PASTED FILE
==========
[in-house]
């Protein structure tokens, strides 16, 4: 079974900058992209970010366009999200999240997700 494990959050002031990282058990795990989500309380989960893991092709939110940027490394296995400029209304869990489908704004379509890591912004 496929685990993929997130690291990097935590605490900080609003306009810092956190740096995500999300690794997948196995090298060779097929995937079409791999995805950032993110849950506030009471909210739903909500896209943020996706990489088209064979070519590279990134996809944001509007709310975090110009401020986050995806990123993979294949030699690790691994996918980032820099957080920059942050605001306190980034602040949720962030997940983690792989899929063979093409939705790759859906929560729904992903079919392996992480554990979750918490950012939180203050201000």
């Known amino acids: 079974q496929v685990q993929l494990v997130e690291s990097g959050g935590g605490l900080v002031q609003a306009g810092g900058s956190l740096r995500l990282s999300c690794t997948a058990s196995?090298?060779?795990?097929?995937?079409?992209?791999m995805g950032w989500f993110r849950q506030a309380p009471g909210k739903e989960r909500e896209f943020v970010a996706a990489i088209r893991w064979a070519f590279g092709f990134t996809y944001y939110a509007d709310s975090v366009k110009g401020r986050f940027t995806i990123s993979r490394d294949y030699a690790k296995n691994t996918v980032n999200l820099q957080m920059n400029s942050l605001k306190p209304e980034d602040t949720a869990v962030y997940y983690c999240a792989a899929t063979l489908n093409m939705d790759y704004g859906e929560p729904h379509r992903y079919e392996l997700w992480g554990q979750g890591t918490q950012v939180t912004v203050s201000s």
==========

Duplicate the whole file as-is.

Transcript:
[in-house]
């Protein structure tokens, strides 16, 4: 079974900058992209970010366009999200999240997700 494990959050002031990282058990795990989500309380989960893991092709939110940027490394296995400029209304869990489908704004379509890591912004 496929685990993929997130690291990097935590605490900080609003306009810092956190740096995500999300690794997948196995090298060779097929995937079409791999995805950032993110849950506030009471909210739903909500896209943020996706990489088209064979070519590279990134996809944001509007709310975090110009401020986050995806990123993979294949030699690790691994996918980032820099957080920059942050605001306190980034602040949720962030997940983690792989899929063979093409939705790759859906929560729904992903079919392996992480554990979750918490950012939180203050201000």
């Known amino acids: 079974q496929v685990q993929l494990v997130e690291s990097g959050g935590g605490l900080v002031q609003a306009g810092g900058s956190l740096r995500l990282s999300c690794t997948a058990s196995?090298?060779?795990?097929?995937?079409?992209?791999m995805g950032w989500f993110r849950q506030a309380p009471g909210k739903e989960r909500e896209f943020v970010a996706a990489i088209r893991w064979a070519f590279g092709f990134t996809y944001y939110a509007d709310s975090v366009k110009g401020r986050f940027t995806i990123s993979r490394d294949y030699a690790k296995n691994t996918v980032n999200l820099q957080m920059n400029s942050l605001k306190p209304e980034d602040t949720a869990v962030y997940y983690c999240a792989a899929t063979l489908n093409m939705d790759y704004g859906e929560p729904h379509r992903y079919e392996l997700w992480g554990q979750g890591t918490q950012v939180t912004v203050s201000s």